Learn more about psychosocial hazards and how they can affect a workplace.
Updated 9 Dec 2022, Published 18 Nov 2022
Psychosocial hazards are any hazards or risks in one’s environment and society that can cause harm. In a workplace setting, psychosocial hazards are things that can cause stress, which can then affect a person physically, psychologically, or both.
In terms of workplace hazards, psychological safety and psychosocial safety are separate concerns. However, managing psychological safety can help greatly with managing psychological safety and hazards as well.
By definition, anything “psychosocial” refers to the relationships between humans with their thoughts, behaviors, and social environment. It is a term that refers to how mental health, or psychological factors, work with social factors and how they can affect a person. On the other hand, the term “psychological” refers to things, feelings, and experiences that relate to the human mind and mental health.
Following this, it can be said then that psychological factors are an aspect of one’s psychosocial state, and managing it can be very beneficial.
There is no one way to determine if one thing is a psychosocial hazard or not, as each work setup and person is different. However, according to the Institution of Occupational Safety and Health (IOSH), something can be classified as a psychosocial hazard if they affect one or all of the following:
Usually, a psychosocial hazard can be identified by company owners and team leaders based on how they themselves and their staff react to certain stressors and situations. Other ways of identifying them, however, are through:
Eliminate manual tasks and streamline your operations.
According to Safe Work Australia and IOSH, the most common examples of psychosocial hazards can be summarized into the following:
It is essential to manage psychosocial hazards in the workplace to ensure that workers are motivated, safe, and healthy physically and mentally. A psychosocially safe workplace is a workplace that is more encouraging to work in and can help foster better connections between employees.
Psychosocial hazards can cause:
Additionally, psychosocial hazards can also affect the people around the person experiencing them. This includes family, friends, and even coworkers.
Psychosocial hazards have many ways to be addressed, depending on the nature of the hazard. Some hazards may be mitigated by removing certain stressors and simply improving communication between employers and employees, as well as workers and customers. However, some may require more drastic changes, such as restructuring certain organizational processes, relocating or repositioning employees, and asking for help from certain professionals for intervention. Approaching psychosocial hazards with a behavior-based safety approach can also help.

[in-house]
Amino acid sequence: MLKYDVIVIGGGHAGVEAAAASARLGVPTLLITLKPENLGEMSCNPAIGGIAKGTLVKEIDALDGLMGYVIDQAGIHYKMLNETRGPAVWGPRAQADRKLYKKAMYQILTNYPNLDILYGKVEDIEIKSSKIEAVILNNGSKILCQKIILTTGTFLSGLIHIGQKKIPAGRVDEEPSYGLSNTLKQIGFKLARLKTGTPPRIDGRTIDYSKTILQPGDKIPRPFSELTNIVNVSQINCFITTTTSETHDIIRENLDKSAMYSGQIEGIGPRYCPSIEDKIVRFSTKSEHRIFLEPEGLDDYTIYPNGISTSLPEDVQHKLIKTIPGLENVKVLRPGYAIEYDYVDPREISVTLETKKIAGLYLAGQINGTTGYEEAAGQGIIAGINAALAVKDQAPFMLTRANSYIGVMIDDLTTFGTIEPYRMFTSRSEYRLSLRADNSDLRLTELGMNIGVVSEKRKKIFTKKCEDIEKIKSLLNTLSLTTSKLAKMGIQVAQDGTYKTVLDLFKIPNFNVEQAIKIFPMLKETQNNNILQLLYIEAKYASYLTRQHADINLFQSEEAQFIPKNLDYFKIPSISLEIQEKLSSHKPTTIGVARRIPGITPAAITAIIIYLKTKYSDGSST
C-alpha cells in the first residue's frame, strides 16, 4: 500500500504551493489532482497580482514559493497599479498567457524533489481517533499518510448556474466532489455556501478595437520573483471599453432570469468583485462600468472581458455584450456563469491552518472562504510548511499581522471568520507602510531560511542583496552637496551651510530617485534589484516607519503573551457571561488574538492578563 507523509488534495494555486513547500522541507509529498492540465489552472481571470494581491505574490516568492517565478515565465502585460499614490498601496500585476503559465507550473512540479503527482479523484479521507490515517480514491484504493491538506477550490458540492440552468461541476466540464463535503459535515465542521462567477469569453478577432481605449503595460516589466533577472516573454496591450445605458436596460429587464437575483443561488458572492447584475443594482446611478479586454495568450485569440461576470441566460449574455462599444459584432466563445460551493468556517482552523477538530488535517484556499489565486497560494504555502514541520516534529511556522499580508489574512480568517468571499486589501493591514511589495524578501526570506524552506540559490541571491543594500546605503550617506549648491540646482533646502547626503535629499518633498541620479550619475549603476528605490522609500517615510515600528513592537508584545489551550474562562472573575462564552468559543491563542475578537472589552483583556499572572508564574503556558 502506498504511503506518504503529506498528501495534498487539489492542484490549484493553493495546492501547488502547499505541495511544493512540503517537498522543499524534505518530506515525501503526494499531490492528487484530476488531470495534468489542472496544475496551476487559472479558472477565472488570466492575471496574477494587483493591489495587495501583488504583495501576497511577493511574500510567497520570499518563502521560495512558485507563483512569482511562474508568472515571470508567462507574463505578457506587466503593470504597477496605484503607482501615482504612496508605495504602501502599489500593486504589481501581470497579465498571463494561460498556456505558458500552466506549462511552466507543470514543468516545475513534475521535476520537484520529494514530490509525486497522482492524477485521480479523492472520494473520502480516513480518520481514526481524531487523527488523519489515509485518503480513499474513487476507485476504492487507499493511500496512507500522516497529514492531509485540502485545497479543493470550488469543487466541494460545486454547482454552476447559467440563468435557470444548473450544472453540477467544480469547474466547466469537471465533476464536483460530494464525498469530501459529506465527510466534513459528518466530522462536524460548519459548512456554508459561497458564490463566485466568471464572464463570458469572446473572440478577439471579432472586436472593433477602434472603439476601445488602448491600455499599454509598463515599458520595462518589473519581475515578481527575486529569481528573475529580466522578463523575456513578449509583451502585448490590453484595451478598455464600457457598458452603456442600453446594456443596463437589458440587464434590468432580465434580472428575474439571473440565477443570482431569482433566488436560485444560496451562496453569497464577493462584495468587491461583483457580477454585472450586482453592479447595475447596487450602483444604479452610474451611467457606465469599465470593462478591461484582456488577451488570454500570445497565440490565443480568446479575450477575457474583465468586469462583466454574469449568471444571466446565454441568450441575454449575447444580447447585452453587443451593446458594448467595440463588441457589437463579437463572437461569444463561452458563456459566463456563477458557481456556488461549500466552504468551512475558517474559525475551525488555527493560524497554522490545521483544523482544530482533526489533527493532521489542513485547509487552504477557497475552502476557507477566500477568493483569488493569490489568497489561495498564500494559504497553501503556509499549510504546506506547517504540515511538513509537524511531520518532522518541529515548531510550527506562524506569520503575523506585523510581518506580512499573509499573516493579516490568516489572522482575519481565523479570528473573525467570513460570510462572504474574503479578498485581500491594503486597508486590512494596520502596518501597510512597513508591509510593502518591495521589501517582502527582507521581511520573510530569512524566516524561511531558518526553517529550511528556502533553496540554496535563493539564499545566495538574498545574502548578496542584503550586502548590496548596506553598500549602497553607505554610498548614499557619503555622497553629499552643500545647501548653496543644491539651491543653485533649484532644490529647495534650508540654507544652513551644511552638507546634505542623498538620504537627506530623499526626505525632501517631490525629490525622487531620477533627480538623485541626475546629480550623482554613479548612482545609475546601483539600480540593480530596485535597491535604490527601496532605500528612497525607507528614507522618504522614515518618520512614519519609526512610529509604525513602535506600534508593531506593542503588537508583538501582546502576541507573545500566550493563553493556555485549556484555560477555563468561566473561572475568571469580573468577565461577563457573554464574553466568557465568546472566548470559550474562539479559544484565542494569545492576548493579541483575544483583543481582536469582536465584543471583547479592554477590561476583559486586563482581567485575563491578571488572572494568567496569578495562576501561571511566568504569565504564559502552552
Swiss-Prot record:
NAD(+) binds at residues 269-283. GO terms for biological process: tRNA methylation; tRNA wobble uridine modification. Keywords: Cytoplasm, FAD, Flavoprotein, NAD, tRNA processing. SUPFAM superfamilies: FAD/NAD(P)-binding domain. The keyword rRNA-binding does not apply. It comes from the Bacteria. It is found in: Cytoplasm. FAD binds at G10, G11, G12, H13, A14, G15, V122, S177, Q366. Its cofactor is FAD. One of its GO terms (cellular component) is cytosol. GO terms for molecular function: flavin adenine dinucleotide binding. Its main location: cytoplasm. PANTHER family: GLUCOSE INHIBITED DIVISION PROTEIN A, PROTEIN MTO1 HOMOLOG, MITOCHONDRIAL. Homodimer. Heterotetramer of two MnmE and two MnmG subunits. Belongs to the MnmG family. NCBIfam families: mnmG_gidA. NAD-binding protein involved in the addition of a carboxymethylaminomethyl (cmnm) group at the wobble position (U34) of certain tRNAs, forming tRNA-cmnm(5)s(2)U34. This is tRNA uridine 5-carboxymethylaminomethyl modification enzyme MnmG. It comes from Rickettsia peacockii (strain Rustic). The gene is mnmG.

Easily identify psychosocial hazards and stressors by conducting regular risk assessments and safety audits with SafetyCulture (formerly iAuditor). SafetyCulture is a mobile-ready auditing tool that provides smart and responsive checklists for all your workplace safety needs. Use SafetyCulture to conduct surveys on psychosocial hazards, collect data on injuries, and store everything in the cloud for easy access anytime and anywhere.
To get started, you can either download free psychosocial safety templates from the Public Library and edit them as you see fit or create your own from scratch. You also have the option to have your existing PDF, Excel, Word, and PowerPoint templates converted for SafetyCulture use, allowing you to work on them wherever you are.
With SafetyCulture, you can also:
Get started with some free related templates today, such as:
Roselin Manawis is a content writer and researcher for SafetyCulture. She has experience in news writing and content marketing across different fields of discipline. Her background in Communication Arts enables her to leverage multimedia and improve the quality of her work. She also contributed as a research assistant for an international study and as a co-author for two books in 2020. With her informative articles, she aims to ignite digital transformation in workplaces around the world.
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